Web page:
U.S. Marine Corps Lt. Col. William Wando, currently a student at the Naval War College, left and Capt. Cavan Croskey, Aviation Logistics Tactical Information Officer in Charge at the Aviation Logistics School, Marine Corps Detachment Newport, Naval Station Newport, place the wreath behind the Portmsouth Beirut Memorial in Portsmouth, R.I. following a ceremony held Tuesday morning at the site. The memorial specifically honors the nine Rhode Island Marines who died 29 years ago today in the bombing.
By Lisa Woodbury Rama, Naval Station Newport Public Affairs
Oct. 24, 2012
PORTSMOUTH, R.I. -- A U.S. Naval War College (NWC) student joined nearly 90 family members, veterans and guests gathered on the grounds at the Portsmouth Historical Society, Oct. 23, for the 29th anniversary of the Beirut Marine Barracks bombing.
Family members of the nine Rhode Island Marines killed in action that morning were given red roses to carry during the tribute.
The Navy Band Northeast Brass Quintet provided the music for the ceremony which began with the traditional presentation of colors by the Marine Corps Detachment Newport color guard.
Lt. Jonathan Henderson, Naval Station Newport assistant base chaplain, provided the invocation and benediction at this ceremony which has been held consistently for the last 26 years, organized by Ms. Shirley Zdanuk of Portsmouth and supported by the Marines stationed at Naval Station Newport.
Guest speaker at this year’s event was Marine Corps Lt. Col. William Wando, a student at the Naval War College. Wando enlisted in the Marine Corps in the summer of 1983 and following boot camp was assigned as an aerial gunner in December, 1983 to Lebanon as part of the peacekeeping mission there.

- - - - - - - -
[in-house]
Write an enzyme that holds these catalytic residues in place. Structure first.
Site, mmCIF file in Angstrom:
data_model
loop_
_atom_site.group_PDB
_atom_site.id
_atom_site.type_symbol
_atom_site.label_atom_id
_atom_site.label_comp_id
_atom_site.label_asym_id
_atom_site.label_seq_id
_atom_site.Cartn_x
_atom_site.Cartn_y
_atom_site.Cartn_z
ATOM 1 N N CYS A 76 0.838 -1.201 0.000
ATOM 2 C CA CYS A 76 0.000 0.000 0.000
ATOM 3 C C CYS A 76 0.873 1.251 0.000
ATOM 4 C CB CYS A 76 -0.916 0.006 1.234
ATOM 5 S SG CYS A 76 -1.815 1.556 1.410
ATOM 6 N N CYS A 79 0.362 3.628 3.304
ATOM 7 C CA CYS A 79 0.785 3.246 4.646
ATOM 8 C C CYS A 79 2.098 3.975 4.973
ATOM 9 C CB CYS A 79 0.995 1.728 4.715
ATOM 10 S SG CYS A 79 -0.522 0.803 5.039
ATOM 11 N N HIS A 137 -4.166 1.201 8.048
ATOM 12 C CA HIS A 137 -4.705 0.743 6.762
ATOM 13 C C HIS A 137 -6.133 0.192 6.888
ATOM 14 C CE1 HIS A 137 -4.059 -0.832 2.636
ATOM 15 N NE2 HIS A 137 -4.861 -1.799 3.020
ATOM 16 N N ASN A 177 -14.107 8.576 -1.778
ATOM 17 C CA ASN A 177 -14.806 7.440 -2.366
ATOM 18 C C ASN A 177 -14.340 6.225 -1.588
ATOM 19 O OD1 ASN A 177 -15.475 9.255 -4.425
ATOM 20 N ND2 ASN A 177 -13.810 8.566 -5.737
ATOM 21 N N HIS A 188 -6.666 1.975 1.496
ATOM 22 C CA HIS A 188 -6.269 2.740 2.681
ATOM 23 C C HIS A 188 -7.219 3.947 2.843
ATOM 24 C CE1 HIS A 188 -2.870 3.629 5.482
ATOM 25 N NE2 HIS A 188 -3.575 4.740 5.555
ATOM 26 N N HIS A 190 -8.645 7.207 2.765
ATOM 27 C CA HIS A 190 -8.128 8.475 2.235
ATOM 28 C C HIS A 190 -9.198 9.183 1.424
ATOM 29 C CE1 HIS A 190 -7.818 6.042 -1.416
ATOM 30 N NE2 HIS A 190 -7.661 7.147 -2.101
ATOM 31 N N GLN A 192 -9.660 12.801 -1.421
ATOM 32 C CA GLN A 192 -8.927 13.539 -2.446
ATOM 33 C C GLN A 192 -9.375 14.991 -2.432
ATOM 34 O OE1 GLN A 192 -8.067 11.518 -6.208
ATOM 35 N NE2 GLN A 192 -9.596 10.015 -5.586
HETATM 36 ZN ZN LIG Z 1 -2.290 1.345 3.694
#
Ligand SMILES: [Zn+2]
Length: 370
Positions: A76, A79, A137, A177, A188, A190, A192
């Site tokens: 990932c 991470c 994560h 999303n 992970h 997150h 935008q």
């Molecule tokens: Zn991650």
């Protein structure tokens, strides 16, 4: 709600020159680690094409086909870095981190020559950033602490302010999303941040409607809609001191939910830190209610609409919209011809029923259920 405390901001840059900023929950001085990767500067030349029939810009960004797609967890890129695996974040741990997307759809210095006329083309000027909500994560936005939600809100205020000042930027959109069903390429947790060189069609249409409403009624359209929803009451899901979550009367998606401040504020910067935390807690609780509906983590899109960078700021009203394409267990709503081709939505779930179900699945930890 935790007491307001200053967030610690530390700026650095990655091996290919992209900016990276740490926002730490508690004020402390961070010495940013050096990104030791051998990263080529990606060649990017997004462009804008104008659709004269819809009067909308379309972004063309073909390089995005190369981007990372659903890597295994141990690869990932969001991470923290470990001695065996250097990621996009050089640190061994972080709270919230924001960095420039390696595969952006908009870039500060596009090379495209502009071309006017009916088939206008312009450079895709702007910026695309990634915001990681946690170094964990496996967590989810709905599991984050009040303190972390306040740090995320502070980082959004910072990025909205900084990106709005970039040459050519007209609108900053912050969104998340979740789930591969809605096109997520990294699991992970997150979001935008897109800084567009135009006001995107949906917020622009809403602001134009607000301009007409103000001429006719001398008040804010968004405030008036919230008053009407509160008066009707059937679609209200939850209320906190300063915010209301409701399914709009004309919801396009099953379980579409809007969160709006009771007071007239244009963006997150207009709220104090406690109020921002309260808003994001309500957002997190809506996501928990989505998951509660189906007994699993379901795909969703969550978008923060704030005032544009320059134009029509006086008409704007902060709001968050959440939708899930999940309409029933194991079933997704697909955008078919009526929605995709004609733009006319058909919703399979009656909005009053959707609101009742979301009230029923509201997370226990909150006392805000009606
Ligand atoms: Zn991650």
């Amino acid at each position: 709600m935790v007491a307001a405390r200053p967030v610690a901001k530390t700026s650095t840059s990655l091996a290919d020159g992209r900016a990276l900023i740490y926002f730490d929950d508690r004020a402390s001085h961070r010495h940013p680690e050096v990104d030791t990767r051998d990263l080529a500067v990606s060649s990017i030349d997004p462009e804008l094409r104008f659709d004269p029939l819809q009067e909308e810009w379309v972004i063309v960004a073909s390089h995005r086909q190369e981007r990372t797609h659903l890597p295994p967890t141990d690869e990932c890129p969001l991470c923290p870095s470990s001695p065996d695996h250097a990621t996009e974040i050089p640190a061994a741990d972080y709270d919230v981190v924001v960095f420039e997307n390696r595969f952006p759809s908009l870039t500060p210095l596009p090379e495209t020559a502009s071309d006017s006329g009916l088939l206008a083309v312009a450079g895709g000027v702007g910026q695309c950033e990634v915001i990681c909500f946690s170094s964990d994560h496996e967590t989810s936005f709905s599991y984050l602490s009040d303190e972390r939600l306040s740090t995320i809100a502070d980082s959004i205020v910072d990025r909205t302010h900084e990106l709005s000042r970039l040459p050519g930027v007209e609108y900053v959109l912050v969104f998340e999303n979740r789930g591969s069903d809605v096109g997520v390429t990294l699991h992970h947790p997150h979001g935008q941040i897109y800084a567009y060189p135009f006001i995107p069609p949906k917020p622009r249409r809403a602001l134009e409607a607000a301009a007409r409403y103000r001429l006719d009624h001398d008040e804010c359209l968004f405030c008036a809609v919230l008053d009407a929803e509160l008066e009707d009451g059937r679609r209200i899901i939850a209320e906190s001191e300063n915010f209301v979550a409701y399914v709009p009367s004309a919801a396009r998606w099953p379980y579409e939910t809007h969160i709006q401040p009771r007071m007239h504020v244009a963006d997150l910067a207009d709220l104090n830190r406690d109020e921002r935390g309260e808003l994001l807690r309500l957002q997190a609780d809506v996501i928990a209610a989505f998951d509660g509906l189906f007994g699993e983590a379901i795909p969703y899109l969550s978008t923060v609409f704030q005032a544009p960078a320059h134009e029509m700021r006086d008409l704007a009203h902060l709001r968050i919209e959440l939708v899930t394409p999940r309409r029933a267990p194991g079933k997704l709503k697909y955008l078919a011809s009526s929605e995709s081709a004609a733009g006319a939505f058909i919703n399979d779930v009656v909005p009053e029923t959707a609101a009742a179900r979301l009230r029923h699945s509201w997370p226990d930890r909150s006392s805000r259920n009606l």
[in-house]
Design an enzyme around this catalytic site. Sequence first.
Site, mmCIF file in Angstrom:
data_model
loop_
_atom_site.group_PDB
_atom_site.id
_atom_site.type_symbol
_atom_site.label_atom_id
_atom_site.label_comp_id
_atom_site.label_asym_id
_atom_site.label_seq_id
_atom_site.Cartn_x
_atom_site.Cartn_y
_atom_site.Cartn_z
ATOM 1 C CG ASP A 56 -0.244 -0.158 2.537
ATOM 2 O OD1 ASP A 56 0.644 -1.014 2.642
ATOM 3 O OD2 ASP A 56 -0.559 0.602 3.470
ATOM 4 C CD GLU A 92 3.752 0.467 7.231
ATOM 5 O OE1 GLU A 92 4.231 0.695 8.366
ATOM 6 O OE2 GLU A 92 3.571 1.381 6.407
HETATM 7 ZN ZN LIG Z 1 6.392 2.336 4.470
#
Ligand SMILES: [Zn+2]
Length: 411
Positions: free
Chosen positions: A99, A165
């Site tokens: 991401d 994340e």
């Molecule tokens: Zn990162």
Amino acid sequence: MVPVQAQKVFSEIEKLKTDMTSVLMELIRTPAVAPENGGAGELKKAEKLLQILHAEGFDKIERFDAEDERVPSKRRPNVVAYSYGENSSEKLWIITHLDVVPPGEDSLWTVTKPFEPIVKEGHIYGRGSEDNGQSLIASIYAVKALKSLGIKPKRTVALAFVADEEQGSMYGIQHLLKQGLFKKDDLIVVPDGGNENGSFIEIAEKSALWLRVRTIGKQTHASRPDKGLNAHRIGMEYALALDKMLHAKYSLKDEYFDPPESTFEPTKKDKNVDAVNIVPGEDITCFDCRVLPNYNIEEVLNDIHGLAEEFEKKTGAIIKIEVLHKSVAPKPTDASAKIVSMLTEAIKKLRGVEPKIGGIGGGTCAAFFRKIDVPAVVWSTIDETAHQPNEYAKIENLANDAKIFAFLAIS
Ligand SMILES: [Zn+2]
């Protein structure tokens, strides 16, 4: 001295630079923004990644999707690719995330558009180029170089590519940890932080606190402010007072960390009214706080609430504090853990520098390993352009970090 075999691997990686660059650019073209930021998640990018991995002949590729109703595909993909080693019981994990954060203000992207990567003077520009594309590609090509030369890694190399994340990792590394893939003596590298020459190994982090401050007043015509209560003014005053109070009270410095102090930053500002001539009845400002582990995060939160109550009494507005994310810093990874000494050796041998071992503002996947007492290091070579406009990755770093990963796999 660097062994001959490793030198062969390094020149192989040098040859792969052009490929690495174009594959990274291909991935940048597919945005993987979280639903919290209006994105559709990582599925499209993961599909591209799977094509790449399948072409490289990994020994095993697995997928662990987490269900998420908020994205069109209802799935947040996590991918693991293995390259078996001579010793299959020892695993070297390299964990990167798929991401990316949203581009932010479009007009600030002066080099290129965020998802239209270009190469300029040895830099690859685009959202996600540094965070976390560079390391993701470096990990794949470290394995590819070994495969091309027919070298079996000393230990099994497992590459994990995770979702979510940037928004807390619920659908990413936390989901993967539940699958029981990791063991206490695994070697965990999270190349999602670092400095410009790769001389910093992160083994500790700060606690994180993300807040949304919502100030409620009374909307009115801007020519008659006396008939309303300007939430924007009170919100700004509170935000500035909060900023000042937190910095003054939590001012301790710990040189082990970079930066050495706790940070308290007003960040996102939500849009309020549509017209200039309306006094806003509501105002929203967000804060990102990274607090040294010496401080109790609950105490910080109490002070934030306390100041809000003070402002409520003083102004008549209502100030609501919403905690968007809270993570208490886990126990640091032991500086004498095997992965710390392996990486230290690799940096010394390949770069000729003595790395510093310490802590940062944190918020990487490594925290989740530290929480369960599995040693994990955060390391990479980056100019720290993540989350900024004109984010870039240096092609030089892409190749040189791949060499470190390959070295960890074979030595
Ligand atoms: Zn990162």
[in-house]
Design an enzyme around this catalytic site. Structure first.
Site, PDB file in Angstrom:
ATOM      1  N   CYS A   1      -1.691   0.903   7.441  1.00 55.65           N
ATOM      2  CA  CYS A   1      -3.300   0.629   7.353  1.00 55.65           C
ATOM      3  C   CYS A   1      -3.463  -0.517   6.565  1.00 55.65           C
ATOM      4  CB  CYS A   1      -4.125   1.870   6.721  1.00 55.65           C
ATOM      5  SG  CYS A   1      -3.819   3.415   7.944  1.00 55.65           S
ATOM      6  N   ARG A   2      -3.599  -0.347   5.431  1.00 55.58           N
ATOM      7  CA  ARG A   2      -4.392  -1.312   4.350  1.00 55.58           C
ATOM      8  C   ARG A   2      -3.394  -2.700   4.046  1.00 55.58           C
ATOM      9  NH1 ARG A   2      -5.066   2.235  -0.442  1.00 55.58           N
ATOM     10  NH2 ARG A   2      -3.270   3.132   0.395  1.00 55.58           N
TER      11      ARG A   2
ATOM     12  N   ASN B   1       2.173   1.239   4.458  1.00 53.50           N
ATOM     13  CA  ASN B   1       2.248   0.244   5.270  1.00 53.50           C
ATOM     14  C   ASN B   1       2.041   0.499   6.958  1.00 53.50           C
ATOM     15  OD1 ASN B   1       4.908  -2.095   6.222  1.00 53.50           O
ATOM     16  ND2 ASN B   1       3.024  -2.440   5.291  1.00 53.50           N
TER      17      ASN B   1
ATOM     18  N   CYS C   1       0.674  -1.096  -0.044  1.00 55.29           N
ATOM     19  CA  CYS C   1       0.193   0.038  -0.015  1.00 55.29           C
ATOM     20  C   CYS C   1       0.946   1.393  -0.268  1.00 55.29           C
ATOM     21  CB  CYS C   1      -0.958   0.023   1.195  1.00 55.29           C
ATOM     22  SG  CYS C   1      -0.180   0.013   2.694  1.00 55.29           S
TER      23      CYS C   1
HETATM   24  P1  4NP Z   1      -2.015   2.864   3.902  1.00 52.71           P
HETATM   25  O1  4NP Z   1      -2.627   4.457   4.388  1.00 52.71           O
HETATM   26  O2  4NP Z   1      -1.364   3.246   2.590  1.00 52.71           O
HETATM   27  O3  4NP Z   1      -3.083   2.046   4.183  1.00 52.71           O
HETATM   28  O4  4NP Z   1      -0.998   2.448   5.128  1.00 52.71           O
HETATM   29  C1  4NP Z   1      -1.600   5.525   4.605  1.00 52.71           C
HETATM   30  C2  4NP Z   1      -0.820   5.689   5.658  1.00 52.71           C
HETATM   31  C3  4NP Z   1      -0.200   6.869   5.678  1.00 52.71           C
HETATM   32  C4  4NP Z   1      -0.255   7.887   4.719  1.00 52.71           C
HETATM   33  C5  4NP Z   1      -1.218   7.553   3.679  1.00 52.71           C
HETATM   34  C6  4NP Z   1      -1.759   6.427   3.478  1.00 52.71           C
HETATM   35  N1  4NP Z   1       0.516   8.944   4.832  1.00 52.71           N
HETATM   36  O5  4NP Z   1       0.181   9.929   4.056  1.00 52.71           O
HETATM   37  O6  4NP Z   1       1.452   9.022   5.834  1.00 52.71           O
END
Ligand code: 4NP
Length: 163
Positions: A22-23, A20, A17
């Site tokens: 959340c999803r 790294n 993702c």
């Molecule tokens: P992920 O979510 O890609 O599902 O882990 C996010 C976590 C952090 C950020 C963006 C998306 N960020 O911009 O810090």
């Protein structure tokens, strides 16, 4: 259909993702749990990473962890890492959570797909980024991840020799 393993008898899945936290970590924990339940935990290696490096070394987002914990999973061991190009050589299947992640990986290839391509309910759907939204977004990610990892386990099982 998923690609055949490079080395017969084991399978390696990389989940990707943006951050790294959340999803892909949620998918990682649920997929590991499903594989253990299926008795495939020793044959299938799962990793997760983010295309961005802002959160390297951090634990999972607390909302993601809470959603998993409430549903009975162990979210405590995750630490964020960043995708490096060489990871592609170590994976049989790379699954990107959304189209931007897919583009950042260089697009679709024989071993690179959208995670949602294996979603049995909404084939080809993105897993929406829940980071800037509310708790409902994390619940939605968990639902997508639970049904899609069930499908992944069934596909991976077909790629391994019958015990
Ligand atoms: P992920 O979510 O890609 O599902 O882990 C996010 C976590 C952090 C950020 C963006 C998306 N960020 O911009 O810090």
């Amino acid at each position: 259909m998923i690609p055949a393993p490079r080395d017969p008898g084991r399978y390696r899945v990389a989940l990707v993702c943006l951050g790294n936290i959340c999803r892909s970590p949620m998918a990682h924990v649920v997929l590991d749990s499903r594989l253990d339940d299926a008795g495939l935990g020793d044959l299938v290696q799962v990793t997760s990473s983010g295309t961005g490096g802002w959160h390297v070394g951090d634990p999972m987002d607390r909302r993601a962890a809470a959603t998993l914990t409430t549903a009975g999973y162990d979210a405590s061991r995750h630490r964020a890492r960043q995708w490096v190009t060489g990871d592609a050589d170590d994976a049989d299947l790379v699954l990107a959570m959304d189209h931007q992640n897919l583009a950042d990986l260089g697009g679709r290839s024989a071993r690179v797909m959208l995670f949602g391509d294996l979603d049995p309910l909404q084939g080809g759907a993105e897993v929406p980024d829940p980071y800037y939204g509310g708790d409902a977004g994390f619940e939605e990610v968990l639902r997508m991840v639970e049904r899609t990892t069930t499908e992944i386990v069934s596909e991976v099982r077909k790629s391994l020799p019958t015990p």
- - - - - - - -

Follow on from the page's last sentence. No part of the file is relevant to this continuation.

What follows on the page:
“I saw what chaos really was,” he said as he recalled duty in Lebanon.
“Two-hundred forty-one Americans were killed 29 years ago today and two minutes later 58 French military lost their lives through a cowardly attack. These were Marines, Army, civilians and French who came in peace,” he said.
Wando spoke about the positive effects that came from the tragedy.
“After the bombing there was a huge turn in American perception towards those who serve. There was a resurgence of appreciation for the sacrifices made by those in uniform,” he said.
Wando said the Vietnam War was still fresh in the national psyche in the early 80’s.
“Today is a day of remembrance for those who died and for what we stand for. We face an enemy who has no concept of honor – that is what we stand against. We stand to protect others,” Wando said.
A roll call was read by Marine Corps Maj. Christopher Story, Marine Corps Detachment Newport, who served as the emcee of the event.
The names read were: Sgt. Timothy Giblin; Cpl. Rick R. Crudale; Cpl. Edward S. Lacovino Jr.; Cpl. David C. Massa; Cpl. Thomas A. Shipp; Cpl. James Silvia; Cpl. Edward Soares Jr.; Cpl. Stephen Spencer; and Lance Cpl. Thomas Julian.
After roll call, those assembled moved to the front lawn area of the society for the laying of the wreath by Wando and Marine Corps Capt. Cavan Croskey, Marine Corps Detachment Newport, the playing of taps by Navy Band Northeast bugler Musician 2nd Class Kristen Snitzer, and a closing prayer.
A monument to the nine Ocean State Marines stands on the northeast lawn of the Portsmouth Historical Society. Naval Station Newport is home to 53 different Navy, Marine Corps, Army Reserve and U.S. Coast Guard commands and such prestigious institutions as the U.S. Naval War College.
Edited by Cmdr. Carla McCarthy and Dan Marciniak
Posted by Dan Marciniak